You don't need an elevator pitch...you need lots of them!

My understanding of an elevator pitch is a sub 10 second, 1-2 sentence description of your business and the value you offer. Conceptually, it is nothing more than this:

I work for X, and we provide Y, and the value of this to you is Z.

Let's take this one step further. When pitching to board level prospects, it is equally important to concisely articulate all of your points. Senior executives spend their days looking for facts and answers to their questions. Their time is precious and sought after by all, so the last person they will buy from is someone with whom they can't communicate.

I use the same methodology for constructing an elevator pitch to compile concise answers to inevitable questions. This allows me to deliver the most precise, direct response possible.

I start by writing down the points I want to make, picking out every unnecessary word from my sentences. The remaining verbiage is prioritised to achieve the most deliberate two lines imaginable, and then memorised. This is a valuable process, not only to construct how you communicate, but also to help crystallise every aspect of your entire product pitch. What follows is a random, made-up company, with examples of a typical response:

What does your product do? (Say it exactly as it is.)

"My product is a data analytics tool that helps our clients to create simple operational clarity by streamlining information flows and identifying inefficient cost allocations."

What is the value of your product to my company? (First sentence 3 key benefits. Second - more specific, and tee up your case study.)

"It will help you save time, more effectively manage your cost base, and identify areas of your business for improvement. Our customers report tangible results such as X savings by eliminating rogue cost allocations and Y increase in revenues from improving operational inefficiencies."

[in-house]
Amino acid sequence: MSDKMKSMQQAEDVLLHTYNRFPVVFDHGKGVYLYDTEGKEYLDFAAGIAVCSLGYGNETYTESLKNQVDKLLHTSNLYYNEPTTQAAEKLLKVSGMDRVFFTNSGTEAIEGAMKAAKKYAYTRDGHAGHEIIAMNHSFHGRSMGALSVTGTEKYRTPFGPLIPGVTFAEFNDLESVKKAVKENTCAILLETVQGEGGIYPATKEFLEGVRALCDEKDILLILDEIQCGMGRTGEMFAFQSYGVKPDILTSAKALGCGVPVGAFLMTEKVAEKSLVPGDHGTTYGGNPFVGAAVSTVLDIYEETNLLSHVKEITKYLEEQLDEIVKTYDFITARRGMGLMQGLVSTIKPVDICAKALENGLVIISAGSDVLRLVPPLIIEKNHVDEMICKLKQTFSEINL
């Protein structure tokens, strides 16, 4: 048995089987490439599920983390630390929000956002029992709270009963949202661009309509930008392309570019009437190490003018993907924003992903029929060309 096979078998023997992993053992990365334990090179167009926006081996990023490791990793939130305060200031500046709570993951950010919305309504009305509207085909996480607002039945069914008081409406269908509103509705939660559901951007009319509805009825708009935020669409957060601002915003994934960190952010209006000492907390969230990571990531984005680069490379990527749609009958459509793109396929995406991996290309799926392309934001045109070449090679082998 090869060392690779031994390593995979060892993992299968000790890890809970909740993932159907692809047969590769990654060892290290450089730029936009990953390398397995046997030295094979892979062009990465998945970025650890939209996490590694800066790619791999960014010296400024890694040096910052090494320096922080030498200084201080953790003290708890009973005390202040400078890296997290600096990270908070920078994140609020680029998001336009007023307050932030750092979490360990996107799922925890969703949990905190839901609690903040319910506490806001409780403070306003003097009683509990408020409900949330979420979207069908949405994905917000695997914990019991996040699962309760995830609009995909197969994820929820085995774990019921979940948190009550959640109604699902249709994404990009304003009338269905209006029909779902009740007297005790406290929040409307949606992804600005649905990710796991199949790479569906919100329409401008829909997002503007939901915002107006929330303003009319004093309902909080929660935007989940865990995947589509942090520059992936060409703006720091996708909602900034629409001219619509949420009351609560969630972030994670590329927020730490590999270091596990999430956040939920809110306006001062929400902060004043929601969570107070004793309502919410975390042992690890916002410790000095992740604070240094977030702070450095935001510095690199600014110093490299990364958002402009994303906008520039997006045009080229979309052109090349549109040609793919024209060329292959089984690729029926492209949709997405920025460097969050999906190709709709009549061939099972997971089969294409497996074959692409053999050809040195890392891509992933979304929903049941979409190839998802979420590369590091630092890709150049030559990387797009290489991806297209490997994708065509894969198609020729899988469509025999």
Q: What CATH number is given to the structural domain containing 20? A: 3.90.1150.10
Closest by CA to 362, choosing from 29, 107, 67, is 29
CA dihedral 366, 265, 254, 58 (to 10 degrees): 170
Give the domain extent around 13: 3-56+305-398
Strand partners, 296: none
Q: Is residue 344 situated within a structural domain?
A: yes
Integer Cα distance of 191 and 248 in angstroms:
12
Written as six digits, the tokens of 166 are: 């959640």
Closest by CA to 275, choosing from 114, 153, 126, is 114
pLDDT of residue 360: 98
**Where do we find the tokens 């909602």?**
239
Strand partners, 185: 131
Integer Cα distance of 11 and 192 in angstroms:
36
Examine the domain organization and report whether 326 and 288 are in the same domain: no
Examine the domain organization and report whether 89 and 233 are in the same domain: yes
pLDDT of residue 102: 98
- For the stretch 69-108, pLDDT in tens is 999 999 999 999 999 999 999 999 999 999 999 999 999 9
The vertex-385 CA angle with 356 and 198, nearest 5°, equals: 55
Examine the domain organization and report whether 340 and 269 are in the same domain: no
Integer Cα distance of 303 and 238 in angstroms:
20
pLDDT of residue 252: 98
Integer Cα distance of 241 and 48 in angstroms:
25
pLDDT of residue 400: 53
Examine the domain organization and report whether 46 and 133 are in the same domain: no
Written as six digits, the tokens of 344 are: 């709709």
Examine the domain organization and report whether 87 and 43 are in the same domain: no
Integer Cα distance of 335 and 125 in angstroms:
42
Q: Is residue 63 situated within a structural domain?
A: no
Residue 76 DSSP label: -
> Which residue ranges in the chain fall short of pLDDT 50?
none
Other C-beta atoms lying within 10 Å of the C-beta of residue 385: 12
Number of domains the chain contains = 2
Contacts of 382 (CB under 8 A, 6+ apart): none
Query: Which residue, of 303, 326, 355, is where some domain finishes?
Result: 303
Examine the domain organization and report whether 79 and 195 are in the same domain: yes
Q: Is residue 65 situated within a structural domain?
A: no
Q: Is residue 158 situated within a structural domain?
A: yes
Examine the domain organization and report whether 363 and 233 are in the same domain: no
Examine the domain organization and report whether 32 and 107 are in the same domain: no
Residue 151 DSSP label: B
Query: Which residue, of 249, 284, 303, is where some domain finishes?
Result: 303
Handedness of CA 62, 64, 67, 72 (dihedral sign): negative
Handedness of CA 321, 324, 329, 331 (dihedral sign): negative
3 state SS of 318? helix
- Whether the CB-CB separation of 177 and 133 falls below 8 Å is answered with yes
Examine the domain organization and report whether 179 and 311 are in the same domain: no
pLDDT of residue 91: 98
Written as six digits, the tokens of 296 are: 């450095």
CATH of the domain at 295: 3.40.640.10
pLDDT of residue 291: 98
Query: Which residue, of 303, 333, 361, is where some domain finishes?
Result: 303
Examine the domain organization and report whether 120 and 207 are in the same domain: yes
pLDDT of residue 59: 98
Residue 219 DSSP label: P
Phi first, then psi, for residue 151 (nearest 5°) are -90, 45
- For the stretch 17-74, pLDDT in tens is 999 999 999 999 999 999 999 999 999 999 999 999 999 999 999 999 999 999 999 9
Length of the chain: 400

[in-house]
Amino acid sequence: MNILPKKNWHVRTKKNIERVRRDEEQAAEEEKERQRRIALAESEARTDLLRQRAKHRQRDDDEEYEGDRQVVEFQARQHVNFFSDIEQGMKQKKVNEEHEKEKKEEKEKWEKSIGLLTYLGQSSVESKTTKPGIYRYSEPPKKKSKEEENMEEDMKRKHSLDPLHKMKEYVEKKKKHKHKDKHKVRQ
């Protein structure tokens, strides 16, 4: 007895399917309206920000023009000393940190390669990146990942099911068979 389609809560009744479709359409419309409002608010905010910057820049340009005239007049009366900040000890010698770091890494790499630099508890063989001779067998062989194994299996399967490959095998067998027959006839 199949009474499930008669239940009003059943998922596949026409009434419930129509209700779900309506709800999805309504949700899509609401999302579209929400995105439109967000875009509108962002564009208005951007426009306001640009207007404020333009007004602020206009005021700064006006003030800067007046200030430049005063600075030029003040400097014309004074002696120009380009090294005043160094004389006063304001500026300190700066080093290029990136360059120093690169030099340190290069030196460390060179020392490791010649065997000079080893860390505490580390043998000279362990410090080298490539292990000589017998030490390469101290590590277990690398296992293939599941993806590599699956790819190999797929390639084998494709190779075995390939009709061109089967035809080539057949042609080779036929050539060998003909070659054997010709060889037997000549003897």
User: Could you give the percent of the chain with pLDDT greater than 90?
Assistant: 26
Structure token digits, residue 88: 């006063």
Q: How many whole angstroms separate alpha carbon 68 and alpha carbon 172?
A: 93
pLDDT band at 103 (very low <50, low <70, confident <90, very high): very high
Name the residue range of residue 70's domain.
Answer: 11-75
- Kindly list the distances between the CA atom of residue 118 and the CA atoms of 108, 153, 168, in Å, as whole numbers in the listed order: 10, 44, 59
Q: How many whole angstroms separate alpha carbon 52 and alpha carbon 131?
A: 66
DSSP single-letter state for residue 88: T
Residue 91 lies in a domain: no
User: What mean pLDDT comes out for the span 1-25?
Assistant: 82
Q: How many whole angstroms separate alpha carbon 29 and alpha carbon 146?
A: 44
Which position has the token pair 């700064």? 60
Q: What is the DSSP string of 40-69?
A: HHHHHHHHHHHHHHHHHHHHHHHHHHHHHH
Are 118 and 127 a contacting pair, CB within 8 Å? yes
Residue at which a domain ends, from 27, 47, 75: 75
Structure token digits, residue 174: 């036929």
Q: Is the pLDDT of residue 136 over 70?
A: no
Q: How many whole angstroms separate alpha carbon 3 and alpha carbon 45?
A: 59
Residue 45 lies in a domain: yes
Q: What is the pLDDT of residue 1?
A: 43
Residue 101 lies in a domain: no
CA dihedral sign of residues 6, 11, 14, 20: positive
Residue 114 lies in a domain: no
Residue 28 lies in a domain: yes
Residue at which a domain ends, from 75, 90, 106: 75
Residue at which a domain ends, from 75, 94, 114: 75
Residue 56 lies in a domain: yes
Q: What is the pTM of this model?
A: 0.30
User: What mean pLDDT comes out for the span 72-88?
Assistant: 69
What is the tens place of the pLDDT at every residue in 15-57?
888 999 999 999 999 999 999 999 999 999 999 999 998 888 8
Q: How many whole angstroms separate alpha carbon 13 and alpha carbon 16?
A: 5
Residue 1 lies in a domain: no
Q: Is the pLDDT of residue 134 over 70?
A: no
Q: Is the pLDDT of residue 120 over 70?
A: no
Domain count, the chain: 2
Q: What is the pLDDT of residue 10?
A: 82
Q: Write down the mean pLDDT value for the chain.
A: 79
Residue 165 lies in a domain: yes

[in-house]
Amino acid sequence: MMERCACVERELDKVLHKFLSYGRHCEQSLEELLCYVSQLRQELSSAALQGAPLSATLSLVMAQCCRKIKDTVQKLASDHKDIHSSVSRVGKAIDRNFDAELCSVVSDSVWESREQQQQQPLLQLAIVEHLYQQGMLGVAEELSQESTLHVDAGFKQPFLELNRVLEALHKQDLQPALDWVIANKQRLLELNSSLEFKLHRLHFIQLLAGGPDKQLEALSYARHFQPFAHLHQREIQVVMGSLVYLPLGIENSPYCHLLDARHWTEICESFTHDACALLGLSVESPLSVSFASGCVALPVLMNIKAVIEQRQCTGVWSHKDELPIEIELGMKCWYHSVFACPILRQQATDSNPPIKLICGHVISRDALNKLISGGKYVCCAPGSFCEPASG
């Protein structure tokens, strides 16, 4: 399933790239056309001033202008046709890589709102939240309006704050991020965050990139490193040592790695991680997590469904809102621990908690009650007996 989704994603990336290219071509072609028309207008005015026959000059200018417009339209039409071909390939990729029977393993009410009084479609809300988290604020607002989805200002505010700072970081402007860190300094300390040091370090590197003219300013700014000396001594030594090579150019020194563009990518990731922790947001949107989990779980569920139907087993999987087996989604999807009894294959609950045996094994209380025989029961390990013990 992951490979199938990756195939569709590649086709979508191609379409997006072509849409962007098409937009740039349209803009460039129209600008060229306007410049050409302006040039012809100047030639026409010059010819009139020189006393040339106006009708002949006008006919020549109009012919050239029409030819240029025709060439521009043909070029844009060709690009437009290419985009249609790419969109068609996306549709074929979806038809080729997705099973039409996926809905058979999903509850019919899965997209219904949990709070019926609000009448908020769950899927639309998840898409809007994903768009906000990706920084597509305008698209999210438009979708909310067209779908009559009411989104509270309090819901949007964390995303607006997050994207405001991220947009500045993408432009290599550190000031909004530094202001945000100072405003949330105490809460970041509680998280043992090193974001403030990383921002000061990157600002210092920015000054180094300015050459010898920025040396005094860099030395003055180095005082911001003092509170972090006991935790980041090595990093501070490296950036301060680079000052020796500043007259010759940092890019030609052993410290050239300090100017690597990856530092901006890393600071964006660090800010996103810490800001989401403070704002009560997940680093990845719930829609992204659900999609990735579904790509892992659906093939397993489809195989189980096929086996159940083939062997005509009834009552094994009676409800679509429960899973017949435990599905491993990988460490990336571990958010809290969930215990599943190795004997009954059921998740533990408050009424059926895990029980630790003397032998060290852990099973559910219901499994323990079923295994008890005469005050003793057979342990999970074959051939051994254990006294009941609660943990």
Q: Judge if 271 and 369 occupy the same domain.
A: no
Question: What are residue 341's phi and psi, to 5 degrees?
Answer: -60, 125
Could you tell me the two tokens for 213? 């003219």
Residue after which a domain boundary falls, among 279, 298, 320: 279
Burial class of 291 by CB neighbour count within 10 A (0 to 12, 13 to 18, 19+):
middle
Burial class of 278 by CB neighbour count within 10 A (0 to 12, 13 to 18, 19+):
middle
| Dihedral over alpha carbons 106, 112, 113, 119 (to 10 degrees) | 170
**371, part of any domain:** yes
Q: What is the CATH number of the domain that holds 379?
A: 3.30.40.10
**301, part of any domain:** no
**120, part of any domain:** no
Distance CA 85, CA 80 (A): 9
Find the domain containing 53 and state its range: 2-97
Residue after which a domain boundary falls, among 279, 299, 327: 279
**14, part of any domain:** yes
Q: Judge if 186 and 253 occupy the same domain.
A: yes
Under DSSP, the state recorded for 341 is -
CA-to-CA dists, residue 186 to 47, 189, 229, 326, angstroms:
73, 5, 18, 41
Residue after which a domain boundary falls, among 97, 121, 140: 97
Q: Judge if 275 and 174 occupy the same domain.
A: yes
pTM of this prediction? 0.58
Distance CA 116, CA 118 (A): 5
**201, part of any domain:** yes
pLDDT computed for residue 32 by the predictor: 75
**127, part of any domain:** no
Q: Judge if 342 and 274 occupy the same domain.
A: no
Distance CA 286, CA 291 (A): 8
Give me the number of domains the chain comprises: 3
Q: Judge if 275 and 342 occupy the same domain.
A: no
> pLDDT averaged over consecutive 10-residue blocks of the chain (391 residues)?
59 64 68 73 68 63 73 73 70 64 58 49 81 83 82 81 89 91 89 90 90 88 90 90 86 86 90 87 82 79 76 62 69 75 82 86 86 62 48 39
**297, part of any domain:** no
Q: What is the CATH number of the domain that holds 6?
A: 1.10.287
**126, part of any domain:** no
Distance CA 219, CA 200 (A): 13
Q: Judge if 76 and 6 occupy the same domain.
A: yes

What experience and examples can you give me to support this? (Back it up and demonstrate you know their business.)

"I am currently working with a Tier 1 client in your industry, and they did X and achieved Y and Z. Your core business is slightly different, so from experience, I would expect to see the greatest benefit from X areas."

Why should I choose you? (USP time - sell your product, your company, your clients, AND yourself.)

"Not only are we the most advanced tool of its kind, but my company has an unrivalled track record for helping our customers achieve market leading results. On a personal note, I work exclusively with the most forward thinking companies in the industry and will use my experience to ensure you get the maximum benefit from working with us."

Why is it so expensive? (Negate client risk.)

"It isn't relative to the ROI described. Give me the chance to prove it, and if you don't see the benefit, then we will build in a contingency to the make the whole exercise beneficial."

Five straight answers to five simple questions.

A key differentiator and often overlooked aspect in any pitch is selling yourself. Notice that half of the Unique Selling Point (USP) was about me. The product, company, and clients were an assumptive side note, despite being the first words out of my mouth. Having clients buy you, above your solution, renders subsequent business a formality, because after delivering on your promises, they won't want to work with anybody else.

In summary, get your elevator pitches in place from the outset, because they apply to all salespeople, in every instance. If you don't use them during the course of the meeting, then do so in closing to precisely summarise, confirm the next steps, and reaffirm why you are best for the job.

We all like a straight answer, and if you are not doing all of this, then you are leaving a gap for someone who will.